Neill Blomkamp’s Gran Turismo is a Video Game Inspired Biopic That Needs a Few More Pit Stops

Can video games inspire you to chase your dreams? Sony sure thinks the answer is yes. After making a slew of grungy science fiction films, notably District 9, Elysium, and Chappie, director Neill Blomkamp has taken a massive stylistic U-turn. Hanging up explorations of xenophobia and sci-fi cinéma verité, he has instead pursued a biographical sports drama, one that turned a video-game addict into a professional race car driver. What results is a film that feels both over-long and as hollow as a display car – a piece of Nissan marketing lacking both speed and thrust.

Gran Turismo, the latest in the proliferation of video game adaptations for the small screen, charters the biographical journey of Jann Mardenborough, a professional Gran Turismo player who scored himself a chance to become an actual professional race car driver. Sony has been determined to bring its successful PlayStation IP to the cinematic stage, having had middling success with last year’s turgid Uncharted, but mainstream applause for HBO’s daring adaptation of The Last of Us. Gran Turismo lands somewhere above Uncharted, but still falls very shy of what HBO have achieved, delivering very little above shallow product placement and a by-the-numbers sports drama. 

The film begins with Jann (Archie Madekwe) attentively playing the titular game in his bedroom, headphones wired in, and a race wheel firmly planted to the ground. He has a job in construction alongside his father (Djimon Hounsou), having dropped out of university and instead pursuing his passion for simulated racing. His father Steve wants to get his son out of the house and play football – but Jann has his sights set on only one goal. Steve believes Jann has no future in the pursuit of racing, he doesn’t want his son getting stuck working the same construction job that he has been doing forever. His mother Lesley (Geri Halliwell Horner) feels different, wanting Jann to pursue whatever it is that makes him happy.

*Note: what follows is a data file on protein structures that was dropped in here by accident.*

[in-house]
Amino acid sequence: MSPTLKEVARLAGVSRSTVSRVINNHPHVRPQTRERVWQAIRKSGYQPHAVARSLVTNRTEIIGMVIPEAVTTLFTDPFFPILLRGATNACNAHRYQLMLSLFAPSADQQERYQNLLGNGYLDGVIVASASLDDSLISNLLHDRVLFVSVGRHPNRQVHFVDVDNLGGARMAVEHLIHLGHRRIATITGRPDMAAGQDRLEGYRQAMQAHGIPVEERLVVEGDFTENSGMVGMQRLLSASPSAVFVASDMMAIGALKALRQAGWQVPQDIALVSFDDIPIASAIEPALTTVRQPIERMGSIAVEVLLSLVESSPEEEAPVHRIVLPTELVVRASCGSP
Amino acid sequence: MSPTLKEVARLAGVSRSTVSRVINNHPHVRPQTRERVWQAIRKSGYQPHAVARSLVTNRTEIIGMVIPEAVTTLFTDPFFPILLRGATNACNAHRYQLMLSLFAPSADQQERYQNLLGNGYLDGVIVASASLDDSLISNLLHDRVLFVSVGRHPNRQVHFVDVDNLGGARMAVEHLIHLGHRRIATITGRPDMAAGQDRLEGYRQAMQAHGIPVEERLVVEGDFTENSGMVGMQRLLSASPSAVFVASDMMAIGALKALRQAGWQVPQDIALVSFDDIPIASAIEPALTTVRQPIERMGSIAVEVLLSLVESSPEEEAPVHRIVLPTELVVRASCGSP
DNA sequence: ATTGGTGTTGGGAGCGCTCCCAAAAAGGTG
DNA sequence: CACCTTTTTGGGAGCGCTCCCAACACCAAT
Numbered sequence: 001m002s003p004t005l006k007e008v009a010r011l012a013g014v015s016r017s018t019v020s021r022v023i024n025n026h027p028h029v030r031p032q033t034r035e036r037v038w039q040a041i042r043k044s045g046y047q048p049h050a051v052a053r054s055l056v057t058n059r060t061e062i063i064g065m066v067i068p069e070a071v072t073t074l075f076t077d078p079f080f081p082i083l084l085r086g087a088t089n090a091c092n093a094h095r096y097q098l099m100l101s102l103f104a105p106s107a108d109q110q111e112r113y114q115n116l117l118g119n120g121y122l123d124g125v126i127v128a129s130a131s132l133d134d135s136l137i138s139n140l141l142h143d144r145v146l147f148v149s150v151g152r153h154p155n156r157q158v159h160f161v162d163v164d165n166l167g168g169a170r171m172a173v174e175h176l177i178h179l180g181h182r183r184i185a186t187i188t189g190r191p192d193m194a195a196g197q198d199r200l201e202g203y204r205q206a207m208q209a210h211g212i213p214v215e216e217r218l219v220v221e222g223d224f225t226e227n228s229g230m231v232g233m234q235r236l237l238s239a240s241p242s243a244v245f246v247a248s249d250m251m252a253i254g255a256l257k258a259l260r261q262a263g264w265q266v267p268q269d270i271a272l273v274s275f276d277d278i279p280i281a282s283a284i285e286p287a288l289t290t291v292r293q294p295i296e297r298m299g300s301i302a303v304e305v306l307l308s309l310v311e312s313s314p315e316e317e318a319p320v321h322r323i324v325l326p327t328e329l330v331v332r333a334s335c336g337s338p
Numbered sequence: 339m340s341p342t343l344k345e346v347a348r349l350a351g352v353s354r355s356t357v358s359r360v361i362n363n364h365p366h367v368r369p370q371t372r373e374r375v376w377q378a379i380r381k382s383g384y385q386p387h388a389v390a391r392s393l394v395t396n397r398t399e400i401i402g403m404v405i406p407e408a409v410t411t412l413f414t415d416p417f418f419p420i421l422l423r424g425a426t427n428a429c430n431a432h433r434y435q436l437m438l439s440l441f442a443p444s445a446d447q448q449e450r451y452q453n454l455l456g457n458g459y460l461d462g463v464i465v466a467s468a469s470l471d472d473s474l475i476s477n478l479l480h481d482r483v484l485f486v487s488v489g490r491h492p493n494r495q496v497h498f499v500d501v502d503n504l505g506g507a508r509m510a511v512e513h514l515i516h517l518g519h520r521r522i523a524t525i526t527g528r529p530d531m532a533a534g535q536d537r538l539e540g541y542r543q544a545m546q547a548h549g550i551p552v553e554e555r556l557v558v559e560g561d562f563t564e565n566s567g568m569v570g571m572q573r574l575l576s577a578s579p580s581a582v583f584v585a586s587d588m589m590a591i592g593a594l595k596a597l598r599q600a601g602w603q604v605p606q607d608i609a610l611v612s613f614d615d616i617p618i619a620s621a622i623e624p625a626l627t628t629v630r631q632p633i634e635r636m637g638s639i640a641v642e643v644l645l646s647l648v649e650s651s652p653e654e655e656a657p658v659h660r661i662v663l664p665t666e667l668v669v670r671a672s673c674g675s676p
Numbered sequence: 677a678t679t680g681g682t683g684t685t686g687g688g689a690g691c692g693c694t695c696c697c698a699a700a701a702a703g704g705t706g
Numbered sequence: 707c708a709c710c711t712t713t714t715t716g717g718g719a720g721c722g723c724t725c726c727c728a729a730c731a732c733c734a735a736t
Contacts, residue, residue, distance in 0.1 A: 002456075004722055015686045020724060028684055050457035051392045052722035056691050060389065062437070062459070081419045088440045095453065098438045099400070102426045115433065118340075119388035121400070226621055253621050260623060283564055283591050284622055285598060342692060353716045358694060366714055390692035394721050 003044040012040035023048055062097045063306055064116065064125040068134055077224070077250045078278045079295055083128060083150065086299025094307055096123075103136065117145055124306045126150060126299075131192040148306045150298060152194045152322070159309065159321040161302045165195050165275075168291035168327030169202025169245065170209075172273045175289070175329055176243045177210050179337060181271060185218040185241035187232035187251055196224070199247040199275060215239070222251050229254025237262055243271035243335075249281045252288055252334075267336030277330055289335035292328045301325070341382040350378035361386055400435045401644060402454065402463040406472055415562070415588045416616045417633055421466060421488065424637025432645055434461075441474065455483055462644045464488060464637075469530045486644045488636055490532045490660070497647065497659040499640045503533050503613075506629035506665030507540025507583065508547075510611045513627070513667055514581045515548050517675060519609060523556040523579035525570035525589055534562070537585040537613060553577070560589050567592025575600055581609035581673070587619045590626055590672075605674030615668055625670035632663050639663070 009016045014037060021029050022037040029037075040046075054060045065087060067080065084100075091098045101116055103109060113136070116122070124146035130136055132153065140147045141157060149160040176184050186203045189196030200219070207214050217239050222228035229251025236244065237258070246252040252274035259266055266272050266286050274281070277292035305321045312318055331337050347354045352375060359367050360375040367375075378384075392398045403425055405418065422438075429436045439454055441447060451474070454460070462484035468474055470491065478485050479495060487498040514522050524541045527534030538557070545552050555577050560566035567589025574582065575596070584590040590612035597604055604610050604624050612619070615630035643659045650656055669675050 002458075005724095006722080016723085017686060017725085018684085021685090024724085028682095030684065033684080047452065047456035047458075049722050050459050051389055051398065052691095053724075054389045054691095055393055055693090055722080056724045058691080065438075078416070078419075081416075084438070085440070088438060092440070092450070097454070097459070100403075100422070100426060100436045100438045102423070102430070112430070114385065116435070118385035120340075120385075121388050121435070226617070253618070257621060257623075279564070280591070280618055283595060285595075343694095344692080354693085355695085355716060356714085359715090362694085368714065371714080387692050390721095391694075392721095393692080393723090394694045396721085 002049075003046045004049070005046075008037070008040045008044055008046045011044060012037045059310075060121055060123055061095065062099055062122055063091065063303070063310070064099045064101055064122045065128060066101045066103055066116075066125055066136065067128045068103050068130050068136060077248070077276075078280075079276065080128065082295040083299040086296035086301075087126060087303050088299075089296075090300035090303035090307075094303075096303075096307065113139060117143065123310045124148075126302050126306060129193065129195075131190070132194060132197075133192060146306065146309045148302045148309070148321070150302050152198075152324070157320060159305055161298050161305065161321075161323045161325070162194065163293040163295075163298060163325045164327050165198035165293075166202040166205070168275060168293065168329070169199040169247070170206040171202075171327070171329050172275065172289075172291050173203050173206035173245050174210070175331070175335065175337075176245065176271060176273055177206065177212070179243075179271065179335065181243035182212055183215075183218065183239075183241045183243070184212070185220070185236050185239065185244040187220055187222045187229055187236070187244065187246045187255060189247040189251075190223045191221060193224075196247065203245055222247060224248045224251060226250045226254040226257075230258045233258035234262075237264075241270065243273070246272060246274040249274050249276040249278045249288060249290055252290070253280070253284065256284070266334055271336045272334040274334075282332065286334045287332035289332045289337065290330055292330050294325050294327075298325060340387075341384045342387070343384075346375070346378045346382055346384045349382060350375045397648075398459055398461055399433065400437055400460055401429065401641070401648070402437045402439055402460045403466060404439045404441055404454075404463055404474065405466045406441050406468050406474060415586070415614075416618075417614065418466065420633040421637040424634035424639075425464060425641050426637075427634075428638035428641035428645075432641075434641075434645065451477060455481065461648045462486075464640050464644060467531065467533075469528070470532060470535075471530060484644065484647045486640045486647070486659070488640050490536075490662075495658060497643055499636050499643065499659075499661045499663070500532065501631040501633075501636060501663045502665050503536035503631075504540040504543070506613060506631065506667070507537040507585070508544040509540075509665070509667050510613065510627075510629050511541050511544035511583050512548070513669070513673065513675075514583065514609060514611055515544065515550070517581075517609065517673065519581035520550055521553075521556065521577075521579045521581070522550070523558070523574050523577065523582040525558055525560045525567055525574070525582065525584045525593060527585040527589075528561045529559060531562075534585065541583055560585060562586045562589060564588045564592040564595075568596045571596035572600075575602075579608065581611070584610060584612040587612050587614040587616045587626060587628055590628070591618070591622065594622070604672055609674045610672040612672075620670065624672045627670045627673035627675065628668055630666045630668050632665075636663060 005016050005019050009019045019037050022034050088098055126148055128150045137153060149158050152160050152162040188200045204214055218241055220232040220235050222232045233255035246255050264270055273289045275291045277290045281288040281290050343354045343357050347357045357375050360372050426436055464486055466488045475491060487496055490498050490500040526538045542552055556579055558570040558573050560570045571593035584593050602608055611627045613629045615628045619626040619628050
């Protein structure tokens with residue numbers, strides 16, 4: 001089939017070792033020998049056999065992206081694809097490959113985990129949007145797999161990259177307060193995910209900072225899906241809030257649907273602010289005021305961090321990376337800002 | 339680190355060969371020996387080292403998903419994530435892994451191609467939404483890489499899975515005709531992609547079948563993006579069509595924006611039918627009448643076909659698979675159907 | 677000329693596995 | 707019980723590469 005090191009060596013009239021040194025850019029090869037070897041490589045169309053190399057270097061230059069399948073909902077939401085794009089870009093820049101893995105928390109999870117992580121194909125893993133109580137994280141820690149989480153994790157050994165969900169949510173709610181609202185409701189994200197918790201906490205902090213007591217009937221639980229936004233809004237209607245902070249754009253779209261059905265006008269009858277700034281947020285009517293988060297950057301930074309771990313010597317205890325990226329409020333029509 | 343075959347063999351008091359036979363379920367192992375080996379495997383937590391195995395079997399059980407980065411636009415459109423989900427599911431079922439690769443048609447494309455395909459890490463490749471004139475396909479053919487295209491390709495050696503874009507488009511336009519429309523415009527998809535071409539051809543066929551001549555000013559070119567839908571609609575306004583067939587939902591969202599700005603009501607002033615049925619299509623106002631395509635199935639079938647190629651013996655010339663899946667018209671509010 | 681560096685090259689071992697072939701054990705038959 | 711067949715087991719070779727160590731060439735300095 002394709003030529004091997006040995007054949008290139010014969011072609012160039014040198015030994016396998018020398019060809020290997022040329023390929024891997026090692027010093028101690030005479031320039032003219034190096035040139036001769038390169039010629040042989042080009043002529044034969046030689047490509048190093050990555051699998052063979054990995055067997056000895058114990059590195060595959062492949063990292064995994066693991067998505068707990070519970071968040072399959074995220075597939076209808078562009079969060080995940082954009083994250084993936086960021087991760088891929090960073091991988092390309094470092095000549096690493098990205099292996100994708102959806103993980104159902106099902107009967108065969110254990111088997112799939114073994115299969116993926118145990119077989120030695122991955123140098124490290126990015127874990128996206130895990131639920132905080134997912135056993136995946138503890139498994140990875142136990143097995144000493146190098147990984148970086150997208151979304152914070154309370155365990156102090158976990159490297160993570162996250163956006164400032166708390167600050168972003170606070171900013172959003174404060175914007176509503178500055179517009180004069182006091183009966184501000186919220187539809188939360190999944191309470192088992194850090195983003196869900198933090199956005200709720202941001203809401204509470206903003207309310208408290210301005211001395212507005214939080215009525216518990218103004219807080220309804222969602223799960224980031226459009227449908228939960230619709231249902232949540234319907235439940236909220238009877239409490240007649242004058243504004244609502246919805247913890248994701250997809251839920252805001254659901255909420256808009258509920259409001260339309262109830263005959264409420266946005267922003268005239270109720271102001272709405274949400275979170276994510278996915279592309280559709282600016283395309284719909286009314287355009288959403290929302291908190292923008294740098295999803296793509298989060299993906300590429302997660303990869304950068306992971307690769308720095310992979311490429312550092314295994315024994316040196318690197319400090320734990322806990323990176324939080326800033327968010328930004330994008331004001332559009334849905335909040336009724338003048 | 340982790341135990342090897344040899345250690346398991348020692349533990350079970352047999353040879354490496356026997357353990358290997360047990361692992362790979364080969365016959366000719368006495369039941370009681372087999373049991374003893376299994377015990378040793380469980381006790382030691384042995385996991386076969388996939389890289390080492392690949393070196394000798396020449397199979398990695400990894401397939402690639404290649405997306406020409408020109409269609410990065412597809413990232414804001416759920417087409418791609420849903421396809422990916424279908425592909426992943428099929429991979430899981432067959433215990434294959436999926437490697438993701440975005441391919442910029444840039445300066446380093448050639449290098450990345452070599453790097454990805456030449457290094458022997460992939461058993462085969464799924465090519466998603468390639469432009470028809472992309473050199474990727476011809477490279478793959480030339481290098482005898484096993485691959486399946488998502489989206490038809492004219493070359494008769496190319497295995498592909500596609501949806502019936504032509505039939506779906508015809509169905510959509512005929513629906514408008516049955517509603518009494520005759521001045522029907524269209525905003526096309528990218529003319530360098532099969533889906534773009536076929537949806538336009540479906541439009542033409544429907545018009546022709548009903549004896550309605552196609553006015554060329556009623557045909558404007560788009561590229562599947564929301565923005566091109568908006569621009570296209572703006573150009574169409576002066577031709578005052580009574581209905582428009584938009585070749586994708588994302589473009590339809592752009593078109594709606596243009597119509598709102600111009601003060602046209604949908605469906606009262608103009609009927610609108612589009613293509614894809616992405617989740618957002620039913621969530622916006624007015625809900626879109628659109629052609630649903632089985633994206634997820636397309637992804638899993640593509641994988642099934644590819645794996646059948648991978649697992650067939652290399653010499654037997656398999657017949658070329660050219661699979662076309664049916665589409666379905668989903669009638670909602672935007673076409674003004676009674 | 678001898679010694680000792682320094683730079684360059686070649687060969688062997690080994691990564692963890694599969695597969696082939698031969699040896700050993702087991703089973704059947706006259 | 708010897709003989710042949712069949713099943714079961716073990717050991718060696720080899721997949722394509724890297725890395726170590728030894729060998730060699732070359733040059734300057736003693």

Meanwhile, Nissan marketing executive Danny Moore (Orlando Bloom) is theorising how to strengthen his company’s brand. When he pitches a ‘GT Academy’ to a hesitant board member (Sadao Ueda), this begins a chain reaction that allows the elite of simulation racing to compete for a chance to become a proper professional racer – with an added sponsorship from Nissan. Danny travels to London to enlist the help of disgruntled engineer and mechanic Jack Salter (David Harbour), a former racer with a murky past. After some initial scepticism to join the training team, Jack decides to assist Danny in his pitch, a result of getting fed up with racing hot-shot Nicolas “Nic” Capa (Josha Stradowski). Nic, who becomes one of Jann’s prominent rivals as the film goes on, believes Jack to be a ‘has-been’ and a washed-up engineer. 

When Jann learns of the competition through his friend Persol (Nikhil Parmar), he makes the mistake of going out drinking with his brother Coby (Daniel Puig) on the night before the qualifying race. Jann decides to drive home but has induced enough alcohol that he is over the legal limit. When he encounters a police checkpoint, what ensues is a chase that allows Jann to visualise the user interface that he is so well practised at inside the simulation – using his skills from the game to avoid the cops by racing confidently in real life. Once he evades capture, despite parental disapproval, it is not long before Jann has secured himself a spot inside the academy.